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Here's an experiment I'm going to try...

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rugby

King of Cats Senior
Joined
Feb 2, 2001
Location
Chicago, IL
...I saw this idea mentioned in another thread, and already had the parts on order. Right now I have an Alpha Pal 6035 with a Sunon 60mm fan on it. On the left side of the case there's a 120mm Sunon fan blowing air in. I just got a 430w Enermax hoping it would suck more air out and hopefully even out the airflow, but unfortunately it hasn't. I just cannot get even airflow with this case due to it's crappy design. I have an 80mm fan in the front bottom and a 60mm one on the back(due to the bevel in the case). Here's the idea we were toying with:

I'll take an 80mm->60mm fan adapter for the Pal and put an 80mm fan set to suck. I've got the 120mm fan right above it (on the side) set to suck also. I'll put another hole on the side to suck air in (the bottom front fan can't do a whole lot due to the front shell). Now, the 60mm fan on the back will be set to suck air in for the purpose of evening out the airflow.

Does this sound like a good idea? Am I missing anything?

Thanks.
 

SickBoy

Inactive Moderator
Joined
Jan 13, 2001
Location
Minneapolis, MN
sounds like you're doing all sucking and no blowing... he he.... I've heard that the sucking/blowing needs to be even for pressure purposes.... anyone know more about this?

SickBoy

P.S. I would try some different combos and see which works the best.
 

klosters64a

Senior Member
Joined
Dec 17, 2000
Location
Seattle, Wa
The idea is to balance intake and exhaust volume. Conventional wisdom is that a little overpressure(more intake volume than exhaust volume) is a good thing. Overpressure helps keep your case's interior from being a dust magnet from hell. This is the theory, at any rate.

If I read your post correctly your present intake and exhaust(assigning "average" cfm ratings to your fans) sitch yields ~60 cfm overpressure. This is more than a little. Too much overpressure is said to have a bad effect on the efficiency of CPU fans.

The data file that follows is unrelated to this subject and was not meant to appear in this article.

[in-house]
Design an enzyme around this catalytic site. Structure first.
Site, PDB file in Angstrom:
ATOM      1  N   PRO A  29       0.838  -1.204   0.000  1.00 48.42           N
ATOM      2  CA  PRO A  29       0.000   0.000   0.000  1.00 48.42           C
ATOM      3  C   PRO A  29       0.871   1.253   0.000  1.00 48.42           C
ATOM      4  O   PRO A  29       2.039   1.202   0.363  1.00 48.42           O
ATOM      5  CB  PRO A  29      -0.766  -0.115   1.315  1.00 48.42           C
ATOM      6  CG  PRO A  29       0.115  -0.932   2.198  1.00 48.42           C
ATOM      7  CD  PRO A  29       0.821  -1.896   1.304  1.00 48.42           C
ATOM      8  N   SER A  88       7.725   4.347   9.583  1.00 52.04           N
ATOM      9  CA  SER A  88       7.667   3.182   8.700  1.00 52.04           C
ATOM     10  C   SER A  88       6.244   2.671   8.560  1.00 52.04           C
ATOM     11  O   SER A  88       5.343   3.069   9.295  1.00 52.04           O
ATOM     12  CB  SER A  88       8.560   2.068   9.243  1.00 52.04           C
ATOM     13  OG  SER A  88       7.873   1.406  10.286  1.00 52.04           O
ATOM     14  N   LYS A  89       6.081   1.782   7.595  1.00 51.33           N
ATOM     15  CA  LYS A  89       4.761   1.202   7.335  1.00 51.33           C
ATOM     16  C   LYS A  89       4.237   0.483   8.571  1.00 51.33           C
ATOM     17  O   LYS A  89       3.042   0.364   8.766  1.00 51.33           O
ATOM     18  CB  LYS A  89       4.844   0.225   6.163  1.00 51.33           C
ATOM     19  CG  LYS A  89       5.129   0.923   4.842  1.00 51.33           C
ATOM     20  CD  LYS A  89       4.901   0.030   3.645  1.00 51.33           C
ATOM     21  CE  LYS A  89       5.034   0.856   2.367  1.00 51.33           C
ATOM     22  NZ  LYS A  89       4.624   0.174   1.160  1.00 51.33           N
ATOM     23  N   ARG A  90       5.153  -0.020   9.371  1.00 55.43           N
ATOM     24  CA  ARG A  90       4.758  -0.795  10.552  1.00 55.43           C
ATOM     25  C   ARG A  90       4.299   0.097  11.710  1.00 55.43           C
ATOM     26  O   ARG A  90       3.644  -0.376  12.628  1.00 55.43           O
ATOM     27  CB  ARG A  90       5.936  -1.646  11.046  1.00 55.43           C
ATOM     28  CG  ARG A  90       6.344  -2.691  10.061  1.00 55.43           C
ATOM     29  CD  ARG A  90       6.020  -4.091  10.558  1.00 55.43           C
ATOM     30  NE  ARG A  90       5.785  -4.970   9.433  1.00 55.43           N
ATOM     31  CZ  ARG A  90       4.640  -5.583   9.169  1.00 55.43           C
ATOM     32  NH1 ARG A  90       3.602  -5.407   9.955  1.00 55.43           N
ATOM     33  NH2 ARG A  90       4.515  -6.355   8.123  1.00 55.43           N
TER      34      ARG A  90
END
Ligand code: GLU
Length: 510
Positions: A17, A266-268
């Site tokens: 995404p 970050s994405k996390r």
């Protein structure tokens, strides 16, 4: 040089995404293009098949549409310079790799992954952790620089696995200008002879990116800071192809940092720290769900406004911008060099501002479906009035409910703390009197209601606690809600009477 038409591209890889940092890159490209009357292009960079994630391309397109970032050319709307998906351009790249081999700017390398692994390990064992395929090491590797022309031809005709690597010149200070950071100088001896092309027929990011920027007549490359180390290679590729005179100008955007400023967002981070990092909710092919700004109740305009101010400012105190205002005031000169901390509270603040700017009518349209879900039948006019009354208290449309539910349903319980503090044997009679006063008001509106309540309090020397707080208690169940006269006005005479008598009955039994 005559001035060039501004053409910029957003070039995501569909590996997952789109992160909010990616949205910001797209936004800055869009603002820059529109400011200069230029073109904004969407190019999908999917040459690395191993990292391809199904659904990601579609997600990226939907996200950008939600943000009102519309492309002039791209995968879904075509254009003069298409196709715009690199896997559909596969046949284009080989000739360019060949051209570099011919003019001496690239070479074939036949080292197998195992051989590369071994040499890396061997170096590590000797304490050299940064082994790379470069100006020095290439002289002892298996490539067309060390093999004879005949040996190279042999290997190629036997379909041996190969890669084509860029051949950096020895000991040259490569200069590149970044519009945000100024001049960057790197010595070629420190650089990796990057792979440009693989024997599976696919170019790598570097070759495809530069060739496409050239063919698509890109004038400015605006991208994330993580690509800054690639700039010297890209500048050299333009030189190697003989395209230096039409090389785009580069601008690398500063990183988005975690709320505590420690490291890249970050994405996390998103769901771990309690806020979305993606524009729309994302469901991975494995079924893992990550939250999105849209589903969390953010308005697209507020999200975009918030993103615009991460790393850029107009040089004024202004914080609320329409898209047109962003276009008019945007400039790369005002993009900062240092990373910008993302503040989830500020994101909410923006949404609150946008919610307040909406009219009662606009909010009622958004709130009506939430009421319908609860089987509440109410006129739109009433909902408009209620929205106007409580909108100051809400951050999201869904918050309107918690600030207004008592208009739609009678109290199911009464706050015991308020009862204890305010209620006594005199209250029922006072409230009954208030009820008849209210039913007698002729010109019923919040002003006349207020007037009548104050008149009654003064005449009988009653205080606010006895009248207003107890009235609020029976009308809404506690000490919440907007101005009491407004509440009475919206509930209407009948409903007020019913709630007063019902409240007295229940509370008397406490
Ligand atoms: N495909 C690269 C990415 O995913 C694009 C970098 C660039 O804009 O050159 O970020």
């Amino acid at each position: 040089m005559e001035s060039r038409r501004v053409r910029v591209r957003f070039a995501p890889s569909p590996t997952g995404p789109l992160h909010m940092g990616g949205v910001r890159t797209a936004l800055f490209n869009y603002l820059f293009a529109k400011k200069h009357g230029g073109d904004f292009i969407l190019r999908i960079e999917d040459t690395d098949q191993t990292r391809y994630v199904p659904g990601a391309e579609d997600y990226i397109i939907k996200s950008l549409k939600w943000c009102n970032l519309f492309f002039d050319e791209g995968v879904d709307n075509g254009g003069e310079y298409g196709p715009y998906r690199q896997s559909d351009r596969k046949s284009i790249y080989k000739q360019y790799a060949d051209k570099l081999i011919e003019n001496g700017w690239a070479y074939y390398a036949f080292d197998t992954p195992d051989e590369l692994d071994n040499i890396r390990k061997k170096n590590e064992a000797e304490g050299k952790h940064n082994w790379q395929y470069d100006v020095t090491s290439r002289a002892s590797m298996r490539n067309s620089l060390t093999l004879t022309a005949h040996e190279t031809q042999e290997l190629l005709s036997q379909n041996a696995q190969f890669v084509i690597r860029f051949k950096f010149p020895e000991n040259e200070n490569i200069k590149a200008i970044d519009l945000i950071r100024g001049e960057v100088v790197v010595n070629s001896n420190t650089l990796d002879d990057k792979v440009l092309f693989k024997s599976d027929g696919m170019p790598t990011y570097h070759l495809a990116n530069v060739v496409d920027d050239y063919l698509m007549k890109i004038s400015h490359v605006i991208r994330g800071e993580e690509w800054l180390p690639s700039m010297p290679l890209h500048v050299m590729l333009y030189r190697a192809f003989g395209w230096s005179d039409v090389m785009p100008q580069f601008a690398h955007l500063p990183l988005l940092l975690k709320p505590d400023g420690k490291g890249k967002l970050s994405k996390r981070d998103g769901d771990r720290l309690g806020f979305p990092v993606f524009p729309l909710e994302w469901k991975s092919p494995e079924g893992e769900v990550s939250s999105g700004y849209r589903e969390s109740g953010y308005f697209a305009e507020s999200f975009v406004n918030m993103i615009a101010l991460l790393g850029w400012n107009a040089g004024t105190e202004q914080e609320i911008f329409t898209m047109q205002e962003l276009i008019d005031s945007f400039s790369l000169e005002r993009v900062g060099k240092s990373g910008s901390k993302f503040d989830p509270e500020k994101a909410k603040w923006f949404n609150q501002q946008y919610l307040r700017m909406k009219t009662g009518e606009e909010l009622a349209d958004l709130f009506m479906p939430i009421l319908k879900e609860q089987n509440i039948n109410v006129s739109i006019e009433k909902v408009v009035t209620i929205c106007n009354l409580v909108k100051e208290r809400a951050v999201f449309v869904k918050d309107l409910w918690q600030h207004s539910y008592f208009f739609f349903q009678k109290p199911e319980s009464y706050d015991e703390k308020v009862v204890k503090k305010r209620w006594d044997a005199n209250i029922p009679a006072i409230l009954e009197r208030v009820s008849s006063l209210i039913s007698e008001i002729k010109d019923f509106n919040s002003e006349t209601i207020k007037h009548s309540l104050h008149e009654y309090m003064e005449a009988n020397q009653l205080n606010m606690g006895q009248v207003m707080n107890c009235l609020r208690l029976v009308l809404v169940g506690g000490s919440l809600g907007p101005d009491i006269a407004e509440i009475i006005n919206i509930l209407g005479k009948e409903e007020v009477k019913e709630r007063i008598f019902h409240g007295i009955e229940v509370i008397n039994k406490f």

The "magic" bullet is to cut a blowhole for a 51 cfm 92mm Sunon fan into the top of your case. Blowholes on the tops of cases aren't the best way to go. A 92mm exhaust fan positioned in the upper rear of the case is better. The top mounted blowhole "steals" some of the airflow that's better put to use passing through your PS. At least this is true with my mid-tower.

If your case has a mount point for a 60mm fan in the upper rear of the case(which is better than none)it's quite possible that the top of the case isn't removable. At least not easily!

The best way to prep a case for OCing is when it's brand new and empty. Steel fragments and powder are harmless when removed before the mainboard goes into it. Cutting away the cutesy fan grilles, or creating mount points for serious fannage is a boon to ventilation. If you're lucky, no panel cutting is necessary!
 
OP
rugby

rugby

King of Cats Senior
Joined
Feb 2, 2001
Location
Chicago, IL
Thanks for the advice! Yeah, the top of the case is actually riveted onto the frame, so taking it off is going to border on silly. My PSU has monster length cables, which are shoved into the bay beneath the cd-rom. This basically blocks airflow anywhere above the PSU, so putting a blowhole on top would be kinda pointless.

I did sort of get my sucks and blows confused. Thanks for pointing that out. The pressure inside is a LOT higher than the pressure outside because I'm sucking a ton of air in right now and now blowing out a whole lot. That's why I was thinking of making the 120mm fan blow out and have an 80mm and 60mm suck in.

I wonder if anybody's overclocked using a desktop case. VEntilation would be a snap, just a big 150mm fan right over the heatsink blowing out and a couple of 80mm's on either side sucking in.
 

Hoot

Inactive Moderator
Joined
Feb 13, 2001
Location
Twin Cities
One of Hoots banal points

Actually, more pressurized air cools more efficiently than less pressurized air, because it is more dense. Just like water cools better than air because it is more dense. However, denser air makes the fan pushing it work harder and axial fans are not very strong, until you get into the high priced units.

Hoot